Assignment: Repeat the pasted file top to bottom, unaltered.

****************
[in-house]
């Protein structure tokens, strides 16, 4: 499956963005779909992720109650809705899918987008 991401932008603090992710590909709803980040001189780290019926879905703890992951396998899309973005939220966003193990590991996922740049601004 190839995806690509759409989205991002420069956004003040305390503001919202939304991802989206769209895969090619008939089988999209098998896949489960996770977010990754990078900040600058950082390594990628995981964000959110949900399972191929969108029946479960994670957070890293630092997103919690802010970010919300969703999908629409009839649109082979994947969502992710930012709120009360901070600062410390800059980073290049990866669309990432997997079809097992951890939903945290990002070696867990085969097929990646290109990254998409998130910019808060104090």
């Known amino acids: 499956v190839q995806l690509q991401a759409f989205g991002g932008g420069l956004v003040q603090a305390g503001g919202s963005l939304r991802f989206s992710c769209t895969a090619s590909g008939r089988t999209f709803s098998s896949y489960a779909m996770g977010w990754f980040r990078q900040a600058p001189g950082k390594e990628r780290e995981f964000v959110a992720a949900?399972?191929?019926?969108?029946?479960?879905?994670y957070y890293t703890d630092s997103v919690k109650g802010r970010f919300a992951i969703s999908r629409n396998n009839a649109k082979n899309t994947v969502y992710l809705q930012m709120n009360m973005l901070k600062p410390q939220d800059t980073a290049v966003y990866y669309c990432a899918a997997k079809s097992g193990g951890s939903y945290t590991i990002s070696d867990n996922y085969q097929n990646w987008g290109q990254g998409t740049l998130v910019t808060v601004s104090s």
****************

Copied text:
[in-house]
């Protein structure tokens, strides 16, 4: 499956963005779909992720109650809705899918987008 991401932008603090992710590909709803980040001189780290019926879905703890992951396998899309973005939220966003193990590991996922740049601004 190839995806690509759409989205991002420069956004003040305390503001919202939304991802989206769209895969090619008939089988999209098998896949489960996770977010990754990078900040600058950082390594990628995981964000959110949900399972191929969108029946479960994670957070890293630092997103919690802010970010919300969703999908629409009839649109082979994947969502992710930012709120009360901070600062410390800059980073290049990866669309990432997997079809097992951890939903945290990002070696867990085969097929990646290109990254998409998130910019808060104090």
């Known amino acids: 499956v190839q995806l690509q991401a759409f989205g991002g932008g420069l956004v003040q603090a305390g503001g919202s963005l939304r991802f989206s992710c769209t895969a090619s590909g008939r089988t999209f709803s098998s896949y489960a779909m996770g977010w990754f980040r990078q900040a600058p001189g950082k390594e990628r780290e995981f964000v959110a992720a949900?399972?191929?019926?969108?029946?479960?879905?994670y957070y890293t703890d630092s997103v919690k109650g802010r970010f919300a992951i969703s999908r629409n396998n009839a649109k082979n899309t994947v969502y992710l809705q930012m709120n009360m973005l901070k600062p410390q939220d800059t980073a290049v966003y990866y669309c990432a899918a997997k079809s097992g193990g951890s939903y945290t590991i990002s070696d867990n996922y085969q097929n990646w987008g290109q990254g998409t740049l998130v910019t808060v601004s104090s």